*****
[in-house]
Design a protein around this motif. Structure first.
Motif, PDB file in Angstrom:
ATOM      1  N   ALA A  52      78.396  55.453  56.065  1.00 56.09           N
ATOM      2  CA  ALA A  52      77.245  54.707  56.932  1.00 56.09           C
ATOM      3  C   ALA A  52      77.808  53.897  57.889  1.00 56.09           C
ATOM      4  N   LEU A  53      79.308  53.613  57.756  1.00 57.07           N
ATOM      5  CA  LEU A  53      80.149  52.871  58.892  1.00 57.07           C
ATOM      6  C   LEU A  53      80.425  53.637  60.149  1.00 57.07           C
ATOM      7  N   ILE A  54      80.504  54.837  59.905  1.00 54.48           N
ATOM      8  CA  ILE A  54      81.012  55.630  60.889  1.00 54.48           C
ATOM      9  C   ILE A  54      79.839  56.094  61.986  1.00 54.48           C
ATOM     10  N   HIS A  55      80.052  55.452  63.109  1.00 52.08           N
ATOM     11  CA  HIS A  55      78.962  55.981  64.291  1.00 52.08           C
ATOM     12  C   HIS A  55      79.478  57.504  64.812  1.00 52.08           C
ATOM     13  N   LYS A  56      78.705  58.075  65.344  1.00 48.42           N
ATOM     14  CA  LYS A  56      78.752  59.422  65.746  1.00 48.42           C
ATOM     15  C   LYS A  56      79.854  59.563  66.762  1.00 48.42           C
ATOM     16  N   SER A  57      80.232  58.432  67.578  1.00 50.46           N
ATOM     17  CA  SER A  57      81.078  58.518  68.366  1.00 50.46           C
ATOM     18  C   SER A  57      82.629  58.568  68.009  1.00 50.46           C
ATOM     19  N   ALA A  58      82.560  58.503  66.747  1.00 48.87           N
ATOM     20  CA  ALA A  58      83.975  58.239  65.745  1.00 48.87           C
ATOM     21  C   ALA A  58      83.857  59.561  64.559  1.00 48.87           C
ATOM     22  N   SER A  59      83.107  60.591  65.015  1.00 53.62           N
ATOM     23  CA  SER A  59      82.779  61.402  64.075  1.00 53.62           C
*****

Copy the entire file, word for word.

[in-house]
Design a protein around this motif. Structure first.
Motif, PDB file in Angstrom:
ATOM      1  N   ALA A  52      78.396  55.453  56.065  1.00 56.09           N
ATOM      2  CA  ALA A  52      77.245  54.707  56.932  1.00 56.09           C
ATOM      3  C   ALA A  52      77.808  53.897  57.889  1.00 56.09           C
ATOM      4  N   LEU A  53      79.308  53.613  57.756  1.00 57.07           N
ATOM      5  CA  LEU A  53      80.149  52.871  58.892  1.00 57.07           C
ATOM      6  C   LEU A  53      80.425  53.637  60.149  1.00 57.07           C
ATOM      7  N   ILE A  54      80.504  54.837  59.905  1.00 54.48           N
ATOM      8  CA  ILE A  54      81.012  55.630  60.889  1.00 54.48           C
ATOM      9  C   ILE A  54      79.839  56.094  61.986  1.00 54.48           C
ATOM     10  N   HIS A  55      80.052  55.452  63.109  1.00 52.08           N
ATOM     11  CA  HIS A  55      78.962  55.981  64.291  1.00 52.08           C
ATOM     12  C   HIS A  55      79.478  57.504  64.812  1.00 52.08           C
ATOM     13  N   LYS A  56      78.705  58.075  65.344  1.00 48.42           N
ATOM     14  CA  LYS A  56      78.752  59.422  65.746  1.00 48.42           C
ATOM     15  C   LYS A  56      79.854  59.563  66.762  1.00 48.42           C
ATOM     16  N   SER A  57      80.232  58.432  67.578  1.00 50.46           N
ATOM     17  CA  SER A  57      81.078  58.518  68.366  1.00 50.46           C
ATOM     18  C   SER A  57      82.629  58.568  68.009  1.00 50.46           C
ATOM     19  N   ALA A  58      82.560  58.503  66.747  1.00 48.87           N
ATOM     20  CA  ALA A  58      83.975  58.239  65.745  1.00 48.87           C
ATOM     21  C   ALA A  58      83.857  59.561  64.559  1.00 48.87           C
ATOM     22  N   SER A  59      83.107  60.591  65.015  1.00 53.62           N
ATOM     23  CA  SER A  59      82.779  61.402  64.075  1.00 53.62           C